The way in which Feste handles the caricatured self-love of Malvolio is perhaps the most striking example of the correlation between Feste and the playwright. Just as the playwright aims to manipulate the audience into reconsidering themselves through the use of fictional characters, Feste aims to manipulate Malvolio into losing his self-love by adopting the role of a fictional curate and convincing his that he is mentally ill. Sir Topas, the curate, springs from the imagination of a character who has sprung from the imagination of the playwright, and is thus a caricature of a fictional character. He speaks in an unconvincing faux tone (“Bonos dies”), and makes up authorities (“the old Hermit of Prague”) (4.2.11). That this scene is a microcosm of a play itself is perhaps best evidenced by the fact that the individual who is spoken to is not even on the stage as Feste delivers his lines. Malvolio represents an audience who is entirely too self-involved to realize what is going on around him, and remains unreceptive to the masked “truth” of the fool. It is thus appropriate that he finds himself “in the dark,” no matter how hard Feste tries to instruct him otherwise.

Because he is not willing or able to understand what Feste tries to show him, Malvolio stands for one who is unable to learn from watching a theatrical production. His tragic self-love can be construed to imply some sort of closed-mindedness about his character. In this sense, his story becomes one about the importance of learning about one’s self from others, which Feste strains to have him do. This parallels the idea that one should try to learn about one’s self from a theatrical production. Malvolio continues to dismiss him as a fool, even when Feste sings him a song explicitly revealing his current situation with Olivia. Appropriately enough, since he did not learn from the character who tells the truth, at the end of the play his is not a happy ending, and he leaves the final scene in an unresolved huff.

Feste’s final song in the play reveals just how well he understands the mechanics of Twelfth Night. While the play is a comedy, and Orsino’s final speech suggests that everyone has had a happy ending, there are several characters, most notably Malvolio, for whom things do not work out so well. The refrain of Feste’s song, “For the rain it raineth every day,” suggests that he realizes the bittersweet nature of the play’s end, and furthermore that while some people have happiness in their lives, others do not. In the fifth verse, Feste replaces the refrain ­ which symbolizes a negative effect on happiness ­ with the self-aware line “And we’ll strive to please you every day.” By placing this line where the normal refrain should go, he gives them a sort of poetic equivalence, suggesting that the audience should try to discern some sort of common meaning connecting the two ideas. This common meaning ties in with the hypothesized aim of the playwright and the aim of the fool ­ that by being exposed to negative interactions and representative criticisms, one can be “pleased” ­ that is, one can reflect upon one’s own life, and come out an improved individual.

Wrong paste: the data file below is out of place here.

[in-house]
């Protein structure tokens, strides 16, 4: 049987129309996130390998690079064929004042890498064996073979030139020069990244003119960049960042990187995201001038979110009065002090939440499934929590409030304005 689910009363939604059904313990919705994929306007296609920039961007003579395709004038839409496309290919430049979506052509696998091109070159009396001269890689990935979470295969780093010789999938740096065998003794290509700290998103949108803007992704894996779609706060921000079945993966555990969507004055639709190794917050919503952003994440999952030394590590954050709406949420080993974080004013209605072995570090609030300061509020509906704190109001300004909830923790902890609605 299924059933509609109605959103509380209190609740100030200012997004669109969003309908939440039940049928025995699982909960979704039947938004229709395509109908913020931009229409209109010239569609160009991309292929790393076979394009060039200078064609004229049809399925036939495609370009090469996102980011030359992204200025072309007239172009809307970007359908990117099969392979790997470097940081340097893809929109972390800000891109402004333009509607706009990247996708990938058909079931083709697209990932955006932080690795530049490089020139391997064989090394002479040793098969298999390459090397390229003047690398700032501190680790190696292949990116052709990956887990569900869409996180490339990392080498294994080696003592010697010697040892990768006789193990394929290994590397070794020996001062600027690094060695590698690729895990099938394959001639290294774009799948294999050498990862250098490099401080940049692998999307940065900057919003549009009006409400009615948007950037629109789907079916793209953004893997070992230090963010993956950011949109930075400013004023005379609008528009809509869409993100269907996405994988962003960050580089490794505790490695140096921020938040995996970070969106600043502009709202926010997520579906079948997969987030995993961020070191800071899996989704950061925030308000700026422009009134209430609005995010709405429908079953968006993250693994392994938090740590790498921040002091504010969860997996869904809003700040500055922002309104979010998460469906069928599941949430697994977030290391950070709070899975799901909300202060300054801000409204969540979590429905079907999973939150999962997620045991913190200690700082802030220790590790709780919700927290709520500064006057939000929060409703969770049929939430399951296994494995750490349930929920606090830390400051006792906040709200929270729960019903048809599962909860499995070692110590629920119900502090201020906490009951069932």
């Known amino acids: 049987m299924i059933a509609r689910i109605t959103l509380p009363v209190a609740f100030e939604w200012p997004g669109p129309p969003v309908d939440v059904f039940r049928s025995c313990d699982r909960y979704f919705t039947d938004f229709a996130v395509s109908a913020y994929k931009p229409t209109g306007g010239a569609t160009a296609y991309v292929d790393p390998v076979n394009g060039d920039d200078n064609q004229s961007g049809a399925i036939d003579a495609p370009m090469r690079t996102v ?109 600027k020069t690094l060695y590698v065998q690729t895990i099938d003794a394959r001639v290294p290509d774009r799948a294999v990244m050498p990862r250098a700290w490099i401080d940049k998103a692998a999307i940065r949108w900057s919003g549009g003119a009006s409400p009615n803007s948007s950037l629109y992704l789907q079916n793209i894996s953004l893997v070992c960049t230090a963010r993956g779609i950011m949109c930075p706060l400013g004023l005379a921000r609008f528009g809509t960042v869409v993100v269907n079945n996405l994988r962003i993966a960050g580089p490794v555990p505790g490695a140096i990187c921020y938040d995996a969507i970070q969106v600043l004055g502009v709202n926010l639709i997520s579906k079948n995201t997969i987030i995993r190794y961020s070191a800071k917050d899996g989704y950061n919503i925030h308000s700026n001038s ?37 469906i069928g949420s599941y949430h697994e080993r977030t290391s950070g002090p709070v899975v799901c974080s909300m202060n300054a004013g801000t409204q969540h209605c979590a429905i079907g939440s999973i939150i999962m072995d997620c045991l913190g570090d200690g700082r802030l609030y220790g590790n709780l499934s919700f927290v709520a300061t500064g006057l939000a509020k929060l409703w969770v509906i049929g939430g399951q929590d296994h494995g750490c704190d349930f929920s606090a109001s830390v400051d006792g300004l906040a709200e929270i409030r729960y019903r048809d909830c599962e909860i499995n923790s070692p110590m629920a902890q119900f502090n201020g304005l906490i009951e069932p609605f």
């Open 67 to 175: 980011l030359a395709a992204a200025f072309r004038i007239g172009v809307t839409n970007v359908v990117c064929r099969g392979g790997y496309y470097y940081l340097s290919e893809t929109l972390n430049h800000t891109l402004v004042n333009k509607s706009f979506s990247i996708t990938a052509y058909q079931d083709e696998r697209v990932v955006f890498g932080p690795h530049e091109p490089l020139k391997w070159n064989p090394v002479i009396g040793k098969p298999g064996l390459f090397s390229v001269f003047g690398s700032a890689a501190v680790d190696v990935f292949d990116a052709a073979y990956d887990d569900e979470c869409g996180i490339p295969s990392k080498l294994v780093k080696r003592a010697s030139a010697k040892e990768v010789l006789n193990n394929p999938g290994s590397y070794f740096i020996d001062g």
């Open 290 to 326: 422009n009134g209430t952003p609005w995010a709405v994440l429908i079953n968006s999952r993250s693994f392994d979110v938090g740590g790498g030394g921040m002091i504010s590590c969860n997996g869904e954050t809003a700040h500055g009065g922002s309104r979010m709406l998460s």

In conclusion, Feste, while a fool, is also a figure standing in for the playwright. His character screams to be performed, through dress and song, just as a playwright’s text must be performed. He shows off a deep bag of linguistic tricks, and is able to communicate his truthful points through versatile means. He represents truth channeled through a low voice, just as “low” actors channel the truth of a play. His lines are insightful, honest criticisms that serve to better the other characters by having them think about things, just like the body of lines put together by a playwright. Indeed, as Viola notes, Feste is “wise enough to play the fool / and to do that well craves a kind of wit” (3.1.53-54), much like the wit embodied by the playwright himself.

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The Fool as a Playwright in Twelfth Night. (2018, May 30). GradesFixer. Retrieved September 23, 2022, from
“The Fool as a Playwright in Twelfth Night.” GradesFixer, 30 May 2018,